GardenDishes

dishin' the DIRT on hit and myth landscaping

Steps to Integrating Stepping Stones

“We have stepping-stones in crushed granite that lead to our deck in the back yard.   What would be a good groundcover to use around them?  Drainage comes off the house and washes the area, so we need something that will take the water run-off and also doesn’t mind staying wet.”  Eileen P.

Stepping stones – whether pre-made concrete rounds or squares, natural stone, wood, pavers, or brick – are a  relatively inexpensive way to get from one part of the landscape to another.  In spots where solid paving cannot be used for some reason (subdivision restrictions, easement issues, temporary access, drainage problems), a path of stepping-stones might be the perfect solution. Properly installed stepping-stones selected with an eye for aesthetic appropriateness can even be an attractive, permanent fixture in your garden.  So here are a few things to consider if you decide stepping-stones might be the path to a more beautiful landscape for your home.

flagstone on crushed granite

HIT: Good planning of a stepping-stone path includes selection of the right material FOR and BETWEEN the stones!

1)  WHO  will be traveling the trail you’ve created?  Crushed granite is an excellent base for stepping-stones, but the sharp edges of the granite hurt little bare feet headed to a swimming pool or swing set.  Beautiful, moss covered antique bricks are slick and can be dangerous.   Also look at the size of the feet of those using the path and match the material size to fit the footprint.  A tiny piece of flagstone could teeter or even flip if not anchored well when a big foot hits land on it.

2)  WHAT will make the journey down your new path?  A narrow, winding trail – although romantic – may not allow for a mower to access the other side of the garden.

Place stepping stones close together if the path will have handicapped users.

And if the path becomes a waterway when it rains or will be used by someone who needs it to be handicap accessible, you might want to reconsider and use a solid material with a drain, or butt stones against one another as tightly as possible.

3)  WHEN will the path be used?  If the answer includes after dark hours, be sure you not only have lighting, but also keep it free of anything that would trip up users, like irregular ups and downs in the material, or those slick, moss covered bricks.

Antique bricks make a quaint pathway for a shady spot, but can be dangerous when the worn faces become covered with moss or settle into an irregular surface.

4)  WHERE does your path lead?  Although the destination is important, so is the view.  A lovely line of stepping-stones taking your eye straight to a trash can should be avoided.   Create a more circuitous route and add evergreen shrubs along the way to keep your trash from being the focal point in your landscape.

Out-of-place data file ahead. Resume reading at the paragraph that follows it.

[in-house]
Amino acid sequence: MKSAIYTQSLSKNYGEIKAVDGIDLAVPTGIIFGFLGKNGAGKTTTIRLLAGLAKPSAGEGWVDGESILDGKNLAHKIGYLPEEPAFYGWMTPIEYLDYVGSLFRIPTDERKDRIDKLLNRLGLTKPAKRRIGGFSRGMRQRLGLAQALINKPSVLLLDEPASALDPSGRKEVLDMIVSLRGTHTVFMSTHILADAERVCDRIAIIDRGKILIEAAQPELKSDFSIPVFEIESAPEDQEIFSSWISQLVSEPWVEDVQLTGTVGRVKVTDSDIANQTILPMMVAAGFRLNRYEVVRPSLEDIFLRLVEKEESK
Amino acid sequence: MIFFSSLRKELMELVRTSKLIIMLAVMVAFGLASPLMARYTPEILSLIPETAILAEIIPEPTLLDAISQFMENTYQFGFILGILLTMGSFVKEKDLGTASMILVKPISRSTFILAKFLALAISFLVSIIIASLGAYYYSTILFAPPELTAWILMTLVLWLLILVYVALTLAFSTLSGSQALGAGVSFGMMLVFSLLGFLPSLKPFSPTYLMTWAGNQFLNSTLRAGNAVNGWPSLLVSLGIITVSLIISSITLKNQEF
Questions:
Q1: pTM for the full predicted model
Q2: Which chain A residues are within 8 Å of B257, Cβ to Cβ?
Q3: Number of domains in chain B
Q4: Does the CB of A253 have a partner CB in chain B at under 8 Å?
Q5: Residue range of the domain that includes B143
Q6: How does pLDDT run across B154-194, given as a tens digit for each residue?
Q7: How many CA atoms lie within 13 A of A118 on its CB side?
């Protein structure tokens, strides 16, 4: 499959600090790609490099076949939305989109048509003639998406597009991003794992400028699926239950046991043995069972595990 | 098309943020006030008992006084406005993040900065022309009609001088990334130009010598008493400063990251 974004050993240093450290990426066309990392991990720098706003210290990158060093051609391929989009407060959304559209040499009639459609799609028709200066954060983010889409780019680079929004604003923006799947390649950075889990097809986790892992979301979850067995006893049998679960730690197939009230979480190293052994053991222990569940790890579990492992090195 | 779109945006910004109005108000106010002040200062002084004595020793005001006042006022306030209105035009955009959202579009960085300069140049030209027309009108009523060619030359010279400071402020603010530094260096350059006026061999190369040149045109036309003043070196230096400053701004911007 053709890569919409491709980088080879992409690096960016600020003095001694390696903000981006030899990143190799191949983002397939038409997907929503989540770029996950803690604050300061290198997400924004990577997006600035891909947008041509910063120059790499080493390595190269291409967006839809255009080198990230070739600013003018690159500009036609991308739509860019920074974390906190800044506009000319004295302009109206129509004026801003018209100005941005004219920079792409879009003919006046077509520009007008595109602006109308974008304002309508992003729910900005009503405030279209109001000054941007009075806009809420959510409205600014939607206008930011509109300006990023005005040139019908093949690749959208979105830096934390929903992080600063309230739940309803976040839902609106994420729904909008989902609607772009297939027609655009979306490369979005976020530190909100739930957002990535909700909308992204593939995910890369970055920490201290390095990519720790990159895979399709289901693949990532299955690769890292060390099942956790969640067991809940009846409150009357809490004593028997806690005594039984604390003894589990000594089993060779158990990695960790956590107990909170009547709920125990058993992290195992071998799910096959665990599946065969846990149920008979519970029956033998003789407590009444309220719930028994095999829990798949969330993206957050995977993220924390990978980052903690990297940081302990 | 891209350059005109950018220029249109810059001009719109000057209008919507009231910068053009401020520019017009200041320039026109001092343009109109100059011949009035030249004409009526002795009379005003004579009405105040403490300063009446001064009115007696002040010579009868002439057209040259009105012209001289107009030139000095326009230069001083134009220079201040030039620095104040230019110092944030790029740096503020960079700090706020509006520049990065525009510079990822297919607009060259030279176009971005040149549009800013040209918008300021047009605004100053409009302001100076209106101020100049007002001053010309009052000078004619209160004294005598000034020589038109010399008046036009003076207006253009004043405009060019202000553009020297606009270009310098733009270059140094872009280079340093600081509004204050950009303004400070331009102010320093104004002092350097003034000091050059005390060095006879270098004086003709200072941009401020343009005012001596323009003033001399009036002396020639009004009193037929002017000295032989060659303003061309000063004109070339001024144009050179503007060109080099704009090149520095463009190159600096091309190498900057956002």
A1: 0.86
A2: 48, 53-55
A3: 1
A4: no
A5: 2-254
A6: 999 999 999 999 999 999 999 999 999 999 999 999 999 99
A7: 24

5)  So, back to the original question: WHICH plants or material will surround the stepping-stones?  Many times, it is fine to simply leave the space between the stones free of plant material.  Whether crushed stone or sand is used to set the stones in place, the simplest solution is to use that same material around the stones.  However, if erosion control is an issue, or if you simply don’t like the sparse look of bare ground, plant material can be added.  Many groundcovers run low or mat well and several websites offer lists to help you decide which appeal to you and are best suited to your geographic area.  The stepping-stones may be put directly into lawn grass if the path receives enough sunlight.  But be sure the stones are above soil grade so water/mud doesn’t pool on the stones if it will be used during a rain, but below the grade of the grass so you can mow over them.

MYTH: stepping stones can't be put right into a lawn

Planning out the system as a whole is crucial and thought should be put into choosing the right materials for both the stepping-stones and what goes between them.

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2 thoughts on “Steps to Integrating Stepping Stones

  1. We are thinking about doing a path from the driveway to the house made of leftover stones and bricks. What do you think of mixing the media?

    • Jo, if your leftovers are left over from the materials on the front of your home, no problem combining them again on a horizontal surface like a new walkway. If they are NOT from the front of your home, you might consider using them for a new backyard project and trying to stay with materials you’ve already introduced, or at least in the same color family. For patterns to integrate the two, this website for Johnson’s Landscaping in Wisconsin (http://www.johnsonsnursery.com) has some great examples of how it can be done. Just click on their landscaping services portfolio for ideas. c:

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